Saturday, December 20, 2014

Plane Crashed Into Irvington Home in the Summer of 1953!

Eighteen-year-old visitor, Allen Fechtig, stepped outside of the Koten family home at 750 North Bolton Avenue on a warm summer day on June 20, 1953.  He looked up into the sky after hearing a loud noise and noticed that a small plane seemed to be flying just above the chimney tops in northern Irvington.  Other folks in the neighborhood began to peer out their windows and stepped onto their front porches.  The teen never took his eyes off the plane and what he saw next sent him into action.

Up in the sky, Charles and Robert Woods, both brothers, were in a state of panic.  Their small plane was not cooperating. Twenty-nine-year-old Charles Woods had only possessed the airplane, a Swift, for two weeks.  Both brothers loved auto racing and they decided to fly to Springfield, Illinois to see an event hosted by the American Automobile Association.  They also planned to visit family there.  Charles had only recently recovered from a fall from a job at Central State Hospital.  He was avid about flying despite the fact that he had lost an eye as a child from an infection.  His thirty-two-year-old brother, Robert, had vowed never to get on an airplane again as he had been shot down during World War II in Europe and had been taken as a prisoner of war.  He likely could not imagine his misfortune to be in yet another plane that appeared to be crashing.

On the ground, the young Allen Fechtig could tell that the plane was in trouble as it began to spin and then dive towards the neighborhood.  He began to run towards the airplane as it crashed into the roof of a house at 354 North Bolton Avenue. He wasted no time getting to the dwelling and would be the first person to arrive on the scene of the disaster.

Neighbors in the 300 block of North Bolton Avenue scrambled out of their houses and looked on in disbelief at the site of an airplane sticking straight out of the Rennard home. Charles and Martha Rennard had only owned the lovely two-story brick house at 354 North Bolton Avenue for one year.  Mr. Rennard had earned a comfortable living as the manager of the East Side Realty Company. The couple had four children.  Although some neighbors were horrified at the thought that the Rennards could have been in the house, most knew that the family had just left town to relax at Lake James in northern Indiana. The Rennards had no idea that their house was the scene of an intense drama that was now beginning to unfold.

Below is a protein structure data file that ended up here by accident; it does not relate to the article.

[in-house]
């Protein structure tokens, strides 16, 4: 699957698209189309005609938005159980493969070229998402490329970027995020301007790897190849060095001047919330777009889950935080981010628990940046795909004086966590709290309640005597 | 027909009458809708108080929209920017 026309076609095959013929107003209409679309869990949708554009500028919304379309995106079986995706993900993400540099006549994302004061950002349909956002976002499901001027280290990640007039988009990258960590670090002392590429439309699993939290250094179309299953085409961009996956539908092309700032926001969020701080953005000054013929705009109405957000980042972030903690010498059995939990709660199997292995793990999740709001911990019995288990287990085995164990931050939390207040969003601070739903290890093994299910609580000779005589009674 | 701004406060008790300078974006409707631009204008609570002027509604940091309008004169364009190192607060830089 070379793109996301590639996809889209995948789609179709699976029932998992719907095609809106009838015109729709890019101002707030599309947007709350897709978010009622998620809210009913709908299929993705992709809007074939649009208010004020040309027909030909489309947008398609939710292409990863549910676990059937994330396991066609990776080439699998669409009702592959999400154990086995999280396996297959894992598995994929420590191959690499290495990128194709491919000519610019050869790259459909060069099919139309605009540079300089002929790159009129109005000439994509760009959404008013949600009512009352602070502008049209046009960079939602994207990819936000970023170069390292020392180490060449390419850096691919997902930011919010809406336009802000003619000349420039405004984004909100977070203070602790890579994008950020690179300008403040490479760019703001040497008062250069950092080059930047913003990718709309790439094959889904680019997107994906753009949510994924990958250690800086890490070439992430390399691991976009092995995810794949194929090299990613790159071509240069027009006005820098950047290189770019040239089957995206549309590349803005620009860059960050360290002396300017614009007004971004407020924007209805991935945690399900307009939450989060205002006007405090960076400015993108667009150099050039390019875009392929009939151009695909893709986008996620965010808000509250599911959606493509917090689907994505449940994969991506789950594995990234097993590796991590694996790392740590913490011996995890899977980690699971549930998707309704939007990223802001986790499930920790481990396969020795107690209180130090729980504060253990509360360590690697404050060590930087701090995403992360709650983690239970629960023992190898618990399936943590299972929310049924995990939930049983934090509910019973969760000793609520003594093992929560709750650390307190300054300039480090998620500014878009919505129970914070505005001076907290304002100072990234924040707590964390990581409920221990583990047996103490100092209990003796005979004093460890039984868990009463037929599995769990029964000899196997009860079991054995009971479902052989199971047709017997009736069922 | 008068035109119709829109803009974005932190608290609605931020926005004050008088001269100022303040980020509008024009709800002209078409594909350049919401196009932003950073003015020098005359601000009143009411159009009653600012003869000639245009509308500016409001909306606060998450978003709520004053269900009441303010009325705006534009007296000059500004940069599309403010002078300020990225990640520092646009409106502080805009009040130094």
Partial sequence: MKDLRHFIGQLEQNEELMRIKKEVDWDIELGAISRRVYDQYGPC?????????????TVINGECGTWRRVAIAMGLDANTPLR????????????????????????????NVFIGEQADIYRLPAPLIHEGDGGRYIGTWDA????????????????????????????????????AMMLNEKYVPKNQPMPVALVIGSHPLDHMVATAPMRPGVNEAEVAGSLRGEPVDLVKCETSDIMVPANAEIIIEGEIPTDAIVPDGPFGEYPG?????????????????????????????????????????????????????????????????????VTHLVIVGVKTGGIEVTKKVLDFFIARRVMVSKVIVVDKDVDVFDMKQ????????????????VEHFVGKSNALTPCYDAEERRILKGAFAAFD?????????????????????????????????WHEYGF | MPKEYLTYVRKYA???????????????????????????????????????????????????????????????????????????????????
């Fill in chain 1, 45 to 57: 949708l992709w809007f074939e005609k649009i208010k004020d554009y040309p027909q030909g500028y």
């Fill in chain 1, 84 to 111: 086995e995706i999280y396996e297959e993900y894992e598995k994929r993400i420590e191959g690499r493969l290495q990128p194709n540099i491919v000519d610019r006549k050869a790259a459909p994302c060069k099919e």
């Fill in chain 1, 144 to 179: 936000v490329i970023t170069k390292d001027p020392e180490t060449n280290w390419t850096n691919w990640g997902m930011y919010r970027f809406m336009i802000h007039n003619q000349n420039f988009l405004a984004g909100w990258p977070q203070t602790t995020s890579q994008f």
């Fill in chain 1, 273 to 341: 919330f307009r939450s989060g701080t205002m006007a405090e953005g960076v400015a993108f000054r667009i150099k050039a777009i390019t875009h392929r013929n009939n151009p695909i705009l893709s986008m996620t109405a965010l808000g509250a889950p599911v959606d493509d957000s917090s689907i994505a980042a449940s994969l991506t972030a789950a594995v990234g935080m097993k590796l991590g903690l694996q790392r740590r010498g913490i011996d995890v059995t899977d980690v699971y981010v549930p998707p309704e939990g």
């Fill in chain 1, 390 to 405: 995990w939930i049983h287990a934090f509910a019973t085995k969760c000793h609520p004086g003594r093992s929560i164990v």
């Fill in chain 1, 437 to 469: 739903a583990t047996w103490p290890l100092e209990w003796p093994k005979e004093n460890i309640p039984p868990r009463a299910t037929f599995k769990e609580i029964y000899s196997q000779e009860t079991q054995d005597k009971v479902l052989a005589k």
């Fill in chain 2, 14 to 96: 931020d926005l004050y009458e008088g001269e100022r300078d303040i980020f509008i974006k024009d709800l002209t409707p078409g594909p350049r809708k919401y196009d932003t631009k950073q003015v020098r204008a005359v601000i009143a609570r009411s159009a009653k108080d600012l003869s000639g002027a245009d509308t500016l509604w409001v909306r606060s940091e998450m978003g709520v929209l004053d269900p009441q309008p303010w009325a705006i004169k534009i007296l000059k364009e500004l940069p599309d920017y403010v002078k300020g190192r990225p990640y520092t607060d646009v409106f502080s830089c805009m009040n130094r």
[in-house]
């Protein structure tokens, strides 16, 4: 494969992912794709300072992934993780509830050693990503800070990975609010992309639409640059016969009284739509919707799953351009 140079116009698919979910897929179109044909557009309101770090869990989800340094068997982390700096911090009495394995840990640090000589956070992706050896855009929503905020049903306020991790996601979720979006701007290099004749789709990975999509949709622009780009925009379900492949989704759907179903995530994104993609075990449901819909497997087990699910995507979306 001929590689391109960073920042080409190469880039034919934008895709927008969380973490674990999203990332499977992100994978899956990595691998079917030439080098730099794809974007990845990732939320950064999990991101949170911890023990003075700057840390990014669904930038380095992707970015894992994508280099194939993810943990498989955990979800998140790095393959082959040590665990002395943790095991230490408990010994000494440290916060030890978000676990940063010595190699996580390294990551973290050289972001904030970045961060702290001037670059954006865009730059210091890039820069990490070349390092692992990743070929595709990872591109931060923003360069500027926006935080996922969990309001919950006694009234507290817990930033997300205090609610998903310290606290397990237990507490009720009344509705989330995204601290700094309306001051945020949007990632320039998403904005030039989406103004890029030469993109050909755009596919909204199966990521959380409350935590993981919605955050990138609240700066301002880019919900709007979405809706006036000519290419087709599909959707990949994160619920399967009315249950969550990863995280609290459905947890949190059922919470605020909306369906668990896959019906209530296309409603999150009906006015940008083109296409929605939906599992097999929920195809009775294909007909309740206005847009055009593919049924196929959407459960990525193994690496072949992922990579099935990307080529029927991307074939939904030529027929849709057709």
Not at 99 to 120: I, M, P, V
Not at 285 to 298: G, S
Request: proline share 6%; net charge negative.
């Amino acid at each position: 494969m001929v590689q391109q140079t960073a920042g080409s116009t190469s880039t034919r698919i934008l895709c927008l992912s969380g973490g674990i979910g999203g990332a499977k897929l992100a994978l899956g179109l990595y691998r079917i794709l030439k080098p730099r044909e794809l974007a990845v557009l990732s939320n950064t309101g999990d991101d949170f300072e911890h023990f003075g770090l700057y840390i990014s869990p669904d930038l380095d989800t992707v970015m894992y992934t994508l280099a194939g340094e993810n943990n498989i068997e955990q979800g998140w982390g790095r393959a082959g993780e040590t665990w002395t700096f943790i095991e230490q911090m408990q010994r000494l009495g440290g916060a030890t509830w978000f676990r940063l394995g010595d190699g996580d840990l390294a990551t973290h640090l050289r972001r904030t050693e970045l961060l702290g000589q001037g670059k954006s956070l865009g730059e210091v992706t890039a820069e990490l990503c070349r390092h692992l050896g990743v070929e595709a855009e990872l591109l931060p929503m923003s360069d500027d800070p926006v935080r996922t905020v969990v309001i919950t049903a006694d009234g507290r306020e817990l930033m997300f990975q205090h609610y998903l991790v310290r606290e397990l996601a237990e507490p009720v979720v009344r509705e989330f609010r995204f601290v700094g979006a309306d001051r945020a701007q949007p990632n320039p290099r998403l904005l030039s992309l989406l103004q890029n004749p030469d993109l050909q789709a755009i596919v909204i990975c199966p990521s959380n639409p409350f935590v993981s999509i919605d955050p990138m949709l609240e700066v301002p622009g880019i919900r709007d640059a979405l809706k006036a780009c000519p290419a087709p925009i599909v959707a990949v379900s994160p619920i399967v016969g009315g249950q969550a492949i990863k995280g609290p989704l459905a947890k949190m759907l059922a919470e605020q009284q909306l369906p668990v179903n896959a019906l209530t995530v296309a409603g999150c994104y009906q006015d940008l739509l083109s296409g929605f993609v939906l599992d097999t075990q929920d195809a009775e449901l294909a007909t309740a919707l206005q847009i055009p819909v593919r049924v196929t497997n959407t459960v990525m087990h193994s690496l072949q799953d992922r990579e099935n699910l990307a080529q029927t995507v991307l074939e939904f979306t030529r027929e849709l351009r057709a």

While neighbors looked on in disbelief, Allen Fechtig somehow reached the attic of the house by scaling the walls of the two-story home where he found the Woods brothers entangled in a mess of metal from the plane and wooden rafters from the house.  The teen reached Charles Woods first who was alive although badly injured.  He then saw the former prisoner of war, Robert, who was also alive but trapped under a large joist.  Allen Fechtig worked desperately to try to free the brothers, but it was too much for one person. He comforted the men until help arrived.

Thankfully, someone along Bolton Avenue called the Irvington Fire Department.  Robert McDonnell along with firemen on duty that day, received the call and within minutes rushed to the scene.  Other firemen, police, and medical personnel arrived onto the chaotic street as news spread. Emergency officials struggled to make it down Bolton Avenue due to the number of bystanders who had shown up to see the plane sticking out of the house.  Only Allen Fechtig had made any attempt to help the brothers trapped inside the wreckage.

Firemen made it into the home and noticed that jet fuel was leaking out of the plane and into a child's bedroom on the second floor. They worried about fire.  For thirty minutes, they raced to get the Woods brothers free of the wreckage and treated them on the scene.  While the wings had been sheared off, the tip of the plane had gone through the attic floor and into a bathroom closet.  The heat inside the attic became too much for some of the rescue workers and one policeman, William Snedaker, had to be transported to the hospital due to heat exhaustion.  

Paramedics rushed the brothers to the hospital and saved their lives.  The Rennards returned from Lake James to find their home heavily damaged although reparable.  Life eventually returned to normal along the once quiet street and over the decades most had forgotten about the frightening moment.  No exterior evidence of a plane crash remains in 2014 as workers removed the wreckage and rebuilt the roof and attic at 354 North Bolton Avenue.

Emergency personnel work to save the life of Charles Woods upon the roof of 354 North Bolton Avenue. Irvington fireman, Robert McDonnell, can be seen giving medical aid.  (June 20, 1953)

Scene of chaos no longer:  354 North Bolton Avenue in 2014

Vintage Swift Airplane (courtesy of FitzVideo)  
The historic image is courtesy of Terry Wilgus, whose father Robert McDonnell can be seen on the roof in the photo.  Information for this story is courtesy of Steve Barnett, Larry Muncie, and Chris Capehart. For further information:

Carolyn Pickering, "Two Brothers in Crash on East Side," Indianapolis Star, June 21, 1953, 1.  


  1. Another great story, Bill. Thanks for continuing to make the history of Irvington come alive for us. Can't wait to read the next one!

  2. I remember this well. My folks had friends (Stanley and Mary Tooley) who lived across the street from this house. I rode my bicycle down there from my home at 10th and Hawthorne to see the aftermath of the crash.